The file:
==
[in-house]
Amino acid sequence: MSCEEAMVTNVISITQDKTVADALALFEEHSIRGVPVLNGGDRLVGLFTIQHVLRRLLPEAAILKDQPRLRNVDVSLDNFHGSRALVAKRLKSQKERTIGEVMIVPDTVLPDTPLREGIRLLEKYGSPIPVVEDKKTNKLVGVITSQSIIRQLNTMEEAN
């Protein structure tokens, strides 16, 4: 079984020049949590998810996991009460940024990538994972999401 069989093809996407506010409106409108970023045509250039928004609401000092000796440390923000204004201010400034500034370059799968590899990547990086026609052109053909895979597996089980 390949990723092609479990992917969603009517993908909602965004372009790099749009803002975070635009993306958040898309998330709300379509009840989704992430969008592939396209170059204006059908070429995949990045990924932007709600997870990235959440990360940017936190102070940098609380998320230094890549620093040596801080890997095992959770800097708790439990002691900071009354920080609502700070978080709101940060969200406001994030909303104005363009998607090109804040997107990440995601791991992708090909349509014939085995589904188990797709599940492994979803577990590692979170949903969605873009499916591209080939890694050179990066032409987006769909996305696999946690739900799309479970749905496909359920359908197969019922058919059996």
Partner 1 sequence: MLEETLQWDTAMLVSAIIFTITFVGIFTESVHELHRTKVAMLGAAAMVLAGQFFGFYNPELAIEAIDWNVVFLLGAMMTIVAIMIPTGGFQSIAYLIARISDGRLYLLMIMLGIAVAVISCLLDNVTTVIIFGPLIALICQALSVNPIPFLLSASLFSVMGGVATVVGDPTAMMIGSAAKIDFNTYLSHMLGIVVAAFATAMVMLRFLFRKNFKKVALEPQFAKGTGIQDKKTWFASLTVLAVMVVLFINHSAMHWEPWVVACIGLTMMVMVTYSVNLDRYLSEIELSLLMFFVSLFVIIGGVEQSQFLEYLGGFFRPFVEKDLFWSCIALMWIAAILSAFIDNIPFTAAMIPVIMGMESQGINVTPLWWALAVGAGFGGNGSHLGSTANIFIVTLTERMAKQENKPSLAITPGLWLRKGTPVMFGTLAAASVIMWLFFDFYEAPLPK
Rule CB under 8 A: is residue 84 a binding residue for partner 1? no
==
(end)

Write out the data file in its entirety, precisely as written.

[in-house]
Amino acid sequence: MSCEEAMVTNVISITQDKTVADALALFEEHSIRGVPVLNGGDRLVGLFTIQHVLRRLLPEAAILKDQPRLRNVDVSLDNFHGSRALVAKRLKSQKERTIGEVMIVPDTVLPDTPLREGIRLLEKYGSPIPVVEDKKTNKLVGVITSQSIIRQLNTMEEAN
């Protein structure tokens, strides 16, 4: 079984020049949590998810996991009460940024990538994972999401 069989093809996407506010409106409108970023045509250039928004609401000092000796440390923000204004201010400034500034370059799968590899990547990086026609052109053909895979597996089980 390949990723092609479990992917969603009517993908909602965004372009790099749009803002975070635009993306958040898309998330709300379509009840989704992430969008592939396209170059204006059908070429995949990045990924932007709600997870990235959440990360940017936190102070940098609380998320230094890549620093040596801080890997095992959770800097708790439990002691900071009354920080609502700070978080709101940060969200406001994030909303104005363009998607090109804040997107990440995601791991992708090909349509014939085995589904188990797709599940492994979803577990590692979170949903969605873009499916591209080939890694050179990066032409987006769909996305696999946690739900799309479970749905496909359920359908197969019922058919059996």
Partner 1 sequence: MLEETLQWDTAMLVSAIIFTITFVGIFTESVHELHRTKVAMLGAAAMVLAGQFFGFYNPELAIEAIDWNVVFLLGAMMTIVAIMIPTGGFQSIAYLIARISDGRLYLLMIMLGIAVAVISCLLDNVTTVIIFGPLIALICQALSVNPIPFLLSASLFSVMGGVATVVGDPTAMMIGSAAKIDFNTYLSHMLGIVVAAFATAMVMLRFLFRKNFKKVALEPQFAKGTGIQDKKTWFASLTVLAVMVVLFINHSAMHWEPWVVACIGLTMMVMVTYSVNLDRYLSEIELSLLMFFVSLFVIIGGVEQSQFLEYLGGFFRPFVEKDLFWSCIALMWIAAILSAFIDNIPFTAAMIPVIMGMESQGINVTPLWWALAVGAGFGGNGSHLGSTANIFIVTLTERMAKQENKPSLAITPGLWLRKGTPVMFGTLAAASVIMWLFFDFYEAPLPK
Rule CB under 8 A: is residue 84 a binding residue for partner 1? no